With senior co-captain Michael Garcia providing leadership, the Harvard men’s water polo team turned in a successful year. The Crimson finished 9-8-1 in the regular season, besting last year’s win-loss record, and reached the Eastern Championships for the third straight season.
“I think overall we continued our success of the past two years,” Garcia said.
With coach Erik Farrar at the helm in his third year at Harvard, the men posted respectable finishes in both the Northern and Eastern Championships, placing third and seventh, respectively. The men also notched a sixth-place finish in the ECAC Championships.
“We got excellent leadership from Michael and Allessandro [Lazzarini] for what was, in essence, an extremely young group,” Farrar said.
The season started on an ambiguous note as the Crimson opened play in the Cambridge Invitational on Sept. 8. Harvard tied, 8-8, with Florida International in its first competitive match of the season. The next day, the Crimson shook off the cobwebs of inactivity and earned its first win of the season en route to eight more convincing victories.
Following the Invitational, the Crimson journeyed to Providence, R.I. to compete in the ECAC Championships. Matched up with then-No. 14 Princeton in the first round, Harvard played solidly against the Tigers with Garcia producing half of its scoring. Ultimately, the Crimson could not answer two crucial two-goal spurts by Princeton and lost, 14-8, in the opening round. Harvard rebounded later that same day, however, claiming a victory over Iona to earn the chance to vie for fifth place in the tournament. The squad could not continue its momentum into the following day, losing to Johns Hopkins, 15-7, and finishing sixth overall.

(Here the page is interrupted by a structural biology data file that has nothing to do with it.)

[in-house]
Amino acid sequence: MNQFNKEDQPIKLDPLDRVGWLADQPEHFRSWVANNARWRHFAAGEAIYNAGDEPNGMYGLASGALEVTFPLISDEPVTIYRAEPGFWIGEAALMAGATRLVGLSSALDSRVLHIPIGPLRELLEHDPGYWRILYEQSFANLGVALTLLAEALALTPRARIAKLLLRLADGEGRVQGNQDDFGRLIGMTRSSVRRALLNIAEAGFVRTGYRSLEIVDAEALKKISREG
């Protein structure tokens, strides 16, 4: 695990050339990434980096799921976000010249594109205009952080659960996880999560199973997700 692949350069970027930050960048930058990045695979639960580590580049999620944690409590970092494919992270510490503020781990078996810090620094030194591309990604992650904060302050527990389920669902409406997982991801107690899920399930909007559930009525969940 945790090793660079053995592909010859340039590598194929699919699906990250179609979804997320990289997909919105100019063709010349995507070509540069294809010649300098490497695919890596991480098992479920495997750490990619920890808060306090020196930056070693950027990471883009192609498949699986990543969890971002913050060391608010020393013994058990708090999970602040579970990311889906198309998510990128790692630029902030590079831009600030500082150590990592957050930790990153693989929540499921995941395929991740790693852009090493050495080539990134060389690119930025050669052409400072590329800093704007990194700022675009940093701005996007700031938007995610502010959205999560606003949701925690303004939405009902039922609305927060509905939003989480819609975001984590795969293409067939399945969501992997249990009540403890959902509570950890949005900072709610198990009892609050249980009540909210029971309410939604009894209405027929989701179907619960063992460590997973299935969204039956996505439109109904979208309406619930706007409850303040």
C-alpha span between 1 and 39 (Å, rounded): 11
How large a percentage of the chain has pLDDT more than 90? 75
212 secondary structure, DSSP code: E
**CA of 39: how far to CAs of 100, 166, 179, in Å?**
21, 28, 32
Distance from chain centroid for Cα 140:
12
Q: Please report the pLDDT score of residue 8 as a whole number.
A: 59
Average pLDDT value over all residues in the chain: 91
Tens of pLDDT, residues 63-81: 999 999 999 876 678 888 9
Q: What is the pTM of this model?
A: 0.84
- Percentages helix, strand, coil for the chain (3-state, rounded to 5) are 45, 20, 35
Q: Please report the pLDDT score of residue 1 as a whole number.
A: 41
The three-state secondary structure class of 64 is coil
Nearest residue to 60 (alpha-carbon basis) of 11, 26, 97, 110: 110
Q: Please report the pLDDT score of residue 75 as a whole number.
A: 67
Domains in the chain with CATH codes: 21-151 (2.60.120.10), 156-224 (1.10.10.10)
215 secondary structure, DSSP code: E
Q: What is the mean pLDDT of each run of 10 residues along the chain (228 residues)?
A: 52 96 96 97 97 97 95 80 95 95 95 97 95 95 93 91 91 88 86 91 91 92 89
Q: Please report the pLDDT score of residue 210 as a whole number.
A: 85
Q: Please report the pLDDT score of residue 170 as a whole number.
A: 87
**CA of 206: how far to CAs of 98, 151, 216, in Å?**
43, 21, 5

Throughout September, the Crimson followed each win with a loss, never recording consecutive victories. The team finally snapped the pattern on the last days of the month. On Sept. 29, Harvard recorded a convincing 17-5 victory over Connecticut College. The Crimson posted its second straight victory in its home opener Sept. 30 against Queens College. Harvard maintained control throughout the match, jumping out to a five-goal advantage in the first quarter. The Crimson continued its stellar play and routed the visitors, 14-4.
October played out in similar fashion: Harvard never found a groove and instead experienced a period of turbulence. The Crimson ultimately posted a 4-5 record for the month. During its foray into California, the team underwent a three-game slump, losing to Iona, La Verne, and California Baptist. The Golden State proved particularly troubling for the team—of the five matches Harvard played there, it came away with only one victory, a 9-3 decision over Occidental College.
With the disappointing road trip fresh in their minds, the men returned to Cambridge to face off against Ivy League rival Brown. In its final home game and regular-season contest, the Crimson displayed spectacular endurance and teamwork. Harvard, as it had many times before, drew its strength from its captain, Garcia.
Tied at seven goals in the third overtime and with both teams understandably worn, Garcia found the net with 54 seconds remaining in the period to close out the game.
In the postseason, the Crimson hosted the Northern Championships, finishing third. After cruising past Fordham, 8-5, the team faced off against Brown in the second round. The rematch played out differently, as the Bears dashed Harvard’s championship hopes with a 9-4 victory. The men rebounded the next day to salvage a third-place finish over crosstown rival MIT.
At Easterns, Ivy League foe Princeton squeaked by Harvard with a narrow 9-8 victory. In the second matchup, the Crimson succumbed again to Johns Hopkins, which walked away with a 11-7 victory in a tightly contested match.
In the end, Harvard, after entering the tournament seeded seventh, finished in seventh place, beating MIT in their third meeting of the year.
—Staff writer Vincent R. Oletu can be reached at firstname.lastname@example.org.